Anil Gulecha has announced the release of NexentaStor 3.0, an OpenSolaris-based storage appliance with a web-based administration interface: "On behalf of the NexentaStor team, I'm happy to announce the release of NexentaStor Community edition 3.0. This release is the result of the community efforts of Nexenta partners and users. With the addition of many new features, NexentaStor CE is the most complete, and feature-rich gratis unified storage solution today. This is a major NexentaStor release, with many new features, improved hardware support, and many bug fixes. Quick summary of features: ZFS additions - deduplication (based on OpenSolaris b134); free for up to 12 TB of used storage; Community edition supports easy upgrades; many new features in the easy-to-use management interface; integrated search." Read the release announcement and visit the project's web site for further information.
Sabayon Linux 5.2
Fabio Erculiani has announced the release of Sabayon Linux 5.2, a Gentoo-based desktop Linux distribution with GNOME/KDE and with a custom (binary) package manager: "The best, refined blend of GNU/Linux, coming with bleeding edge edges, is eventually here. Say hello to Sabayon Five-point-Twoh, available in both GNOME and KDE editions. Dedicated to those who like cutting-edge stability, out-of-the-box experience, outstanding desktop performance and beauty. You will find outstanding amount of new applications and features, like XBMC 9.11, KDE 4.4.1, GNOME 2.28. Features: based on new GCC 4.4.1 and glibc 2.10; shipped with desktop-optimized Linux kernel 2.6.33; installable in 10 minutes; faster boot time and lightweight default system...." Read the rest of the release announcement for additional details.
Sabayon Linux 5.2 - refreshing new artwork complements the cutting-edge features
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Kevin Thompson has announced the release of Element 1.1, an Ubuntu-based distribution for home theatre or media-centre personal computers: "We are pleased to announce the release of Element 1.1, which is available immediately for free download. This is the first service pack for the Element 1 series operating system; it includes several requested features, general package upgrades, upstream bug fixes, and visual enhancements to our themes. Notable additions in this release include: Element 'Glassy' default theme is a little quicker now and uses fewer pixmaps, it also includes new scrollbars; Jockey-Gtk 'Hardware Driver' utility has replaced EnvyNG as the default means for managing proprietary video and device drivers; over-scanning on NVIDIA cards is much easier; Gigolo remote file system browser has been added...." Here is the full release announcement.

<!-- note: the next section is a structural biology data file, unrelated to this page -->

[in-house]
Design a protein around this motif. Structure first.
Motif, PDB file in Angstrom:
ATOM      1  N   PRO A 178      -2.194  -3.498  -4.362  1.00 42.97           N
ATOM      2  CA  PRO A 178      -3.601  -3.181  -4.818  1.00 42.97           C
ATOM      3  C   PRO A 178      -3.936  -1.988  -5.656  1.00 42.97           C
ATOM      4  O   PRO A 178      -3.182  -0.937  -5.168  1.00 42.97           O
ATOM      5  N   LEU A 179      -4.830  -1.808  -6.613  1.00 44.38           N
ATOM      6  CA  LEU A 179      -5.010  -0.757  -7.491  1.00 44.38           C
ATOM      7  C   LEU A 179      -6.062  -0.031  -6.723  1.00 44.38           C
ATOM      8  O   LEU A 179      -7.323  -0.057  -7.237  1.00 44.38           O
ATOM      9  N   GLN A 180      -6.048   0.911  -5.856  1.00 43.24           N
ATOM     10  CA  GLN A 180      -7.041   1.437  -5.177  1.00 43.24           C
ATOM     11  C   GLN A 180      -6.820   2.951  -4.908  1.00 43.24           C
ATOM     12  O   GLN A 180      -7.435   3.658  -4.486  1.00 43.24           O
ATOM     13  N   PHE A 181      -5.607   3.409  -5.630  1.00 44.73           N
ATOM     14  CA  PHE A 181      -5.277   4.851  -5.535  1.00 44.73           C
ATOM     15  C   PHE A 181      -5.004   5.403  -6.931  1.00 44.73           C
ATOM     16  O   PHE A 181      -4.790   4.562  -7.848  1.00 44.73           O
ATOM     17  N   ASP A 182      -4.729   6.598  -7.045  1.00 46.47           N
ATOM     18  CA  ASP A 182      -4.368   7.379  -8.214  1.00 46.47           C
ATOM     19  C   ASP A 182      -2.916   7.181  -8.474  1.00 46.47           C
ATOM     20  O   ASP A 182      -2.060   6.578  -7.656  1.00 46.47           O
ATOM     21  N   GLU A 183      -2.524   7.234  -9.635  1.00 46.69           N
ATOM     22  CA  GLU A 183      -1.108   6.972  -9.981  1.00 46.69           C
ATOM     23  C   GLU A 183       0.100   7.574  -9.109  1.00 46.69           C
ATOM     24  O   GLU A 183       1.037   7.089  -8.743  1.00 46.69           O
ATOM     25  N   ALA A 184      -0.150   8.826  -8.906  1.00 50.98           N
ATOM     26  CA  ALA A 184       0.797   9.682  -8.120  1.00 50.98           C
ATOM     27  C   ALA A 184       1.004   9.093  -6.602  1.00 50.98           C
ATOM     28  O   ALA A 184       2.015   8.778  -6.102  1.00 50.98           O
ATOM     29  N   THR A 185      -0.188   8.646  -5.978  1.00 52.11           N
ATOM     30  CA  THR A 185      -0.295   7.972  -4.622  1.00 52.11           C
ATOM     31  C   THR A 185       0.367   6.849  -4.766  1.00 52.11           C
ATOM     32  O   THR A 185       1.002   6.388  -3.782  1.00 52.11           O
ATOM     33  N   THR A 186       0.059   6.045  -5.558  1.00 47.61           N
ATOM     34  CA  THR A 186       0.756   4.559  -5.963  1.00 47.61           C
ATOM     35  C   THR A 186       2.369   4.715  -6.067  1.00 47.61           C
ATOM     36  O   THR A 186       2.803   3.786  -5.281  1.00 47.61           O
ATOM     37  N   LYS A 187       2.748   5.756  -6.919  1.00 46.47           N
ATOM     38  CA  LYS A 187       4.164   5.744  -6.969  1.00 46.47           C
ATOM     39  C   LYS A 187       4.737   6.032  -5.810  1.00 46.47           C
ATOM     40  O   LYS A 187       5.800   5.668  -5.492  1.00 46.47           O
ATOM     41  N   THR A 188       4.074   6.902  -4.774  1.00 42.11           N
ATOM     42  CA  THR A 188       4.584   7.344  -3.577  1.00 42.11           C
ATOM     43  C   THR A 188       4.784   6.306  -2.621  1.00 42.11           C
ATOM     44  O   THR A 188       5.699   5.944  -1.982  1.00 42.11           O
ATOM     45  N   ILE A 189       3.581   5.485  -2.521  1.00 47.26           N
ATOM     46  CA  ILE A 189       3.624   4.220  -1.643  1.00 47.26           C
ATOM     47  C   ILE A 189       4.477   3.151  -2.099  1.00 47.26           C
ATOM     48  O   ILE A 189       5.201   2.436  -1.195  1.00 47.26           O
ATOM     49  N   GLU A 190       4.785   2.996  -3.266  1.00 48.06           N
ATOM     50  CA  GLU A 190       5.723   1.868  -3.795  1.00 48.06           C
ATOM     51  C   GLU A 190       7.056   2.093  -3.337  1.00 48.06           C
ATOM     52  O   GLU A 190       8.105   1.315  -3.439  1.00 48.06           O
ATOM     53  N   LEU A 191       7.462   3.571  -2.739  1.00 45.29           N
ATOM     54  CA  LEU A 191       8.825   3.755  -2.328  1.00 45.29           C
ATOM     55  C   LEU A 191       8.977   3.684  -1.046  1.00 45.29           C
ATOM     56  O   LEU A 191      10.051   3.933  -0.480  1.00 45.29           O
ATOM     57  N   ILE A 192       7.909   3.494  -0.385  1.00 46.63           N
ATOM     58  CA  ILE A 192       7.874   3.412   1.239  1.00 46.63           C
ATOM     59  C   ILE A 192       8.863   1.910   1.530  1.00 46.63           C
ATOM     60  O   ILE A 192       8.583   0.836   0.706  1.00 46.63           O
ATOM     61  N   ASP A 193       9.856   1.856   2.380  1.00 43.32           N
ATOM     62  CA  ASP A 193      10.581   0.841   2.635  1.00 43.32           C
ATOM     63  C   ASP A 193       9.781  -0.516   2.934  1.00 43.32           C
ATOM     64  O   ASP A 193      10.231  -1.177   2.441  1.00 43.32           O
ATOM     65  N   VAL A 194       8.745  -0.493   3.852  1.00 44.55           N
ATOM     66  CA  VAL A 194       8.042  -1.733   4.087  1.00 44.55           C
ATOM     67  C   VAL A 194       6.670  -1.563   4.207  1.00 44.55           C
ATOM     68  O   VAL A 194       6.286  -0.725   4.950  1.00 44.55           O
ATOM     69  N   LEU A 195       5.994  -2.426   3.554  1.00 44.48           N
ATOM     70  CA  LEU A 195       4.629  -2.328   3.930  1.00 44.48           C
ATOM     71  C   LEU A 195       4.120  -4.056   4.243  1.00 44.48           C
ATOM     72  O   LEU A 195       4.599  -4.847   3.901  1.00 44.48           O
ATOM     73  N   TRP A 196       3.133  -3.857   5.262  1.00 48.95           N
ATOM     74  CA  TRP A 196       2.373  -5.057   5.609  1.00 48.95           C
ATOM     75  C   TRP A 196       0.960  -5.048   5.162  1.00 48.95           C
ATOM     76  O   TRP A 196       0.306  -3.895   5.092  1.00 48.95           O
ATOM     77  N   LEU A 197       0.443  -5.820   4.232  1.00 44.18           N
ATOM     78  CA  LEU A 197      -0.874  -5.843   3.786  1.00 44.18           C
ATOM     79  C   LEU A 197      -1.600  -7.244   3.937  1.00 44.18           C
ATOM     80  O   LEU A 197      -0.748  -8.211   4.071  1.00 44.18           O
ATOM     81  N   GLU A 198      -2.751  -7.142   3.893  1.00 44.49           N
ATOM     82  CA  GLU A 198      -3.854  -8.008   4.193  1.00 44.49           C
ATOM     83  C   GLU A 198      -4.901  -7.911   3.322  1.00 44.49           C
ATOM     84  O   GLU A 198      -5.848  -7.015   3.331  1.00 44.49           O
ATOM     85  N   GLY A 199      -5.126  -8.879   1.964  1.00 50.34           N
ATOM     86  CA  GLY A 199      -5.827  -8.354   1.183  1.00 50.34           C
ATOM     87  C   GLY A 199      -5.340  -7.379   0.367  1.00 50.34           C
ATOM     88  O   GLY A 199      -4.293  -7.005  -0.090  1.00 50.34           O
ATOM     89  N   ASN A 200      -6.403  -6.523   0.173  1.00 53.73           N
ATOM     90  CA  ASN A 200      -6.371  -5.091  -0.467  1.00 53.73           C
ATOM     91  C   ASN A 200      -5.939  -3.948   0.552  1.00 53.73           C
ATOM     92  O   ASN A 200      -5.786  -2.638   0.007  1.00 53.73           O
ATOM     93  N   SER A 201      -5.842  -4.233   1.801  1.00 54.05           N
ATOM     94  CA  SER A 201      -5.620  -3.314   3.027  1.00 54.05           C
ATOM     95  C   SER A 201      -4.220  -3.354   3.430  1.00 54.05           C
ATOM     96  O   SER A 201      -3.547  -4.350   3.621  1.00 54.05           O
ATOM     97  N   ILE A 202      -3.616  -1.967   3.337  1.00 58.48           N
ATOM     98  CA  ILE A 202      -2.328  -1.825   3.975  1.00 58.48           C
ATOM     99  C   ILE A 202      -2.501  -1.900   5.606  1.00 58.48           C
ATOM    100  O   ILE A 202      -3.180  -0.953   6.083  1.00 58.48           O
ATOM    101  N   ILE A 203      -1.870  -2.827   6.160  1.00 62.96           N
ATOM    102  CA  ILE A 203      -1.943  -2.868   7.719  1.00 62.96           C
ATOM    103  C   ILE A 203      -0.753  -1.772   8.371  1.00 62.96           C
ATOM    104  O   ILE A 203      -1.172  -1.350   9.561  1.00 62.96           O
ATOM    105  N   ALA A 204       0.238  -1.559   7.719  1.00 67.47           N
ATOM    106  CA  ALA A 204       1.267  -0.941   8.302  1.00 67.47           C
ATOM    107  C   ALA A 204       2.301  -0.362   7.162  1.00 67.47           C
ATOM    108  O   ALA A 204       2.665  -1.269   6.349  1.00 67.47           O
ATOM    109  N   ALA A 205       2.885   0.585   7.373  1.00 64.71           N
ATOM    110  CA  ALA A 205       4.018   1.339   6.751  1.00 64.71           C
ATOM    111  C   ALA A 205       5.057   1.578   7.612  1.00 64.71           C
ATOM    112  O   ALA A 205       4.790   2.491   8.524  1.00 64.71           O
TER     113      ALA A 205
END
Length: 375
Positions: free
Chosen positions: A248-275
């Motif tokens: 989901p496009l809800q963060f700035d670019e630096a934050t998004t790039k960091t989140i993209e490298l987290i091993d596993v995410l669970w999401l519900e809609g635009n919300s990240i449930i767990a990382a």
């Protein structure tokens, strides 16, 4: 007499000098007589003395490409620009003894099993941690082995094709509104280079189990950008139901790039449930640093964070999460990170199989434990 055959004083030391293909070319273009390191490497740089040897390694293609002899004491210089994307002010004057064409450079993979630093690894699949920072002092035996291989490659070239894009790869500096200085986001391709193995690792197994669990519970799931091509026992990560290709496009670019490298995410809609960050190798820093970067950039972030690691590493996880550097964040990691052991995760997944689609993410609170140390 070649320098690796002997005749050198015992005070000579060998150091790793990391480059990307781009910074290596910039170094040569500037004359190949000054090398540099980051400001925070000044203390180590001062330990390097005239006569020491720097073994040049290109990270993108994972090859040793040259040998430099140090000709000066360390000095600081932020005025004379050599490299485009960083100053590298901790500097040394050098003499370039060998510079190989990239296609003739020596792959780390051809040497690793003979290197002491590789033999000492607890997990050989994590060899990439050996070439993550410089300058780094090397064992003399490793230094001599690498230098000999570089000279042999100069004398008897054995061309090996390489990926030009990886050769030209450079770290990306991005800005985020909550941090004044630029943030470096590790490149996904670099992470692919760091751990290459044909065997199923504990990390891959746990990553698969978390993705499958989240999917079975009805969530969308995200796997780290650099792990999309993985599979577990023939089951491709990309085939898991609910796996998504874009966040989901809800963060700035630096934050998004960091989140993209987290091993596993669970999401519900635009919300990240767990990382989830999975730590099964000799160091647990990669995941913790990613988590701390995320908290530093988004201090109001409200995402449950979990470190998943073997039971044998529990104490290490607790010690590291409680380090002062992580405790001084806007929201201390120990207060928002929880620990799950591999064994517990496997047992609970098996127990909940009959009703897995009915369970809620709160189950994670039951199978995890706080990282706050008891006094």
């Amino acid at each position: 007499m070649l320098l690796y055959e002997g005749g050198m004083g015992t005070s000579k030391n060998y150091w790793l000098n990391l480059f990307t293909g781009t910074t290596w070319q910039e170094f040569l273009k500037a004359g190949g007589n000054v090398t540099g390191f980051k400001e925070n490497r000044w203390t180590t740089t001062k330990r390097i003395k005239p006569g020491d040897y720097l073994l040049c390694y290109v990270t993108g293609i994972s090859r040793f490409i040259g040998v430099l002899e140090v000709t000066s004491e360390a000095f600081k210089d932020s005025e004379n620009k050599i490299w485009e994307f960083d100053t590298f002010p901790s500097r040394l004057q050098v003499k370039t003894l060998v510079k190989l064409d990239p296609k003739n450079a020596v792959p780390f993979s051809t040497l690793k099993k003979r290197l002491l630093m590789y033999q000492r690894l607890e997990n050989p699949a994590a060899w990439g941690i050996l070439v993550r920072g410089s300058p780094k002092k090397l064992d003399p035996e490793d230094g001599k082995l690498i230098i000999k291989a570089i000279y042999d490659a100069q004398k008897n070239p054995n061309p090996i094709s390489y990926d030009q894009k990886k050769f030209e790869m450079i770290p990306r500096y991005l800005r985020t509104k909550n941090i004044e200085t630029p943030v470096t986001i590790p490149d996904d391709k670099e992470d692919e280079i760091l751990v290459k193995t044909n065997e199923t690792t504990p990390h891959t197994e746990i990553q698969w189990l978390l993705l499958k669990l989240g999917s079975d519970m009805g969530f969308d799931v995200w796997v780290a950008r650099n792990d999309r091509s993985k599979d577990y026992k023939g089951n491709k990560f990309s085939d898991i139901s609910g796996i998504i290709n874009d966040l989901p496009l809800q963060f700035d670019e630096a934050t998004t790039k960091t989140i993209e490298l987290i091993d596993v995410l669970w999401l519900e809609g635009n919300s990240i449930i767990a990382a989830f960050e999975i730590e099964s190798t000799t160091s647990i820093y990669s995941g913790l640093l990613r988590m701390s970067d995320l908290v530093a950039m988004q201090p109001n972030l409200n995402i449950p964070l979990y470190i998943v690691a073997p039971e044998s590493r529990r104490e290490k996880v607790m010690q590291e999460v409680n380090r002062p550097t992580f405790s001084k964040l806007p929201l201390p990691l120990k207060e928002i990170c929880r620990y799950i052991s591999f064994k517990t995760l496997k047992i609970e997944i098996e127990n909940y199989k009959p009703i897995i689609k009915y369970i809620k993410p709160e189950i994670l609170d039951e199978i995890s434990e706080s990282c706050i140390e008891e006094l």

SliTaz GNU/Linux 3.0
Christophe Lincoln has announced the release of SliTaz GNU/Linux 3.0, a minimalist (but extensible) and fast desktop Linux distribution with Openbox as the default window manager: "The SliTaz team is proud to announce the release of the SliTaz GNU/Linux 3.0 operating system. It's simpler, faster, customizable, mightier and yet incredibly tiny. The new SliTaz stable version is now out after one year of development. The core desktop provides a full-featured desktop powered by X.Org 7.4, Openbox, LXDE components and home-made tools. It lets you easily connect to the Internet to surf the web with the Midori web browser, listen to music or manage your pictures. The default core system fits into a 30 MB ISO image and live CD flavors start at 8 MB. This stable version has been built by a new toolchain including GCC 4.4.1 and uses the Linux kernel 188.8.131.52." Read the release announcement and release notes for more details.
SliTaz GNU/Linux - this major new update comes after one year of development
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* * * * *
Development, unannounced and minor bug-fix releases
|Upcoming Releases and Announcements
Summary of expected upcoming releases
New distributions added to database
* * * * *
New distributions added to waiting list
- AVLinux. AVLinux is a multimedia-oriented live DVD based on Debian's testing branch. Besides applications for many common computer tasks, the distribution also features a full complement of the best FOSS multimedia programs available, allowing users to enjoy multi-track audio recording and mixing, video capturing, editing and converting, and DVD authoring and creation. It uses the lightweight LXDE desktop.
- ArchBang. ArchBang is lightweight distribution and live CD that combines Arch Linux with the Openbox window manager. The latest version also includes a graphical system installer.
ArchBang 2.0 RC1 - an Arch-based live CD with Openbox
(full image size: 574kB, screen resolution 1280x1024 pixels)
- Cronos Linux. Cronos Linux is a new Linux distribution and live DVD built from ground up. It is focused on performance and security, and contains many popular applications, including full video codec support, development tools, and audio drivers.
Cronos Linux 1.0 - a new distro built from scratch
(full image size: 634kB, screen resolution 1280x1024 pixels)
* * * * *
DistroWatch database summary
* * * * *
This concludes this week's issue of DistroWatch Weekly. The next instalment will be published on Monday, 5 April 2010.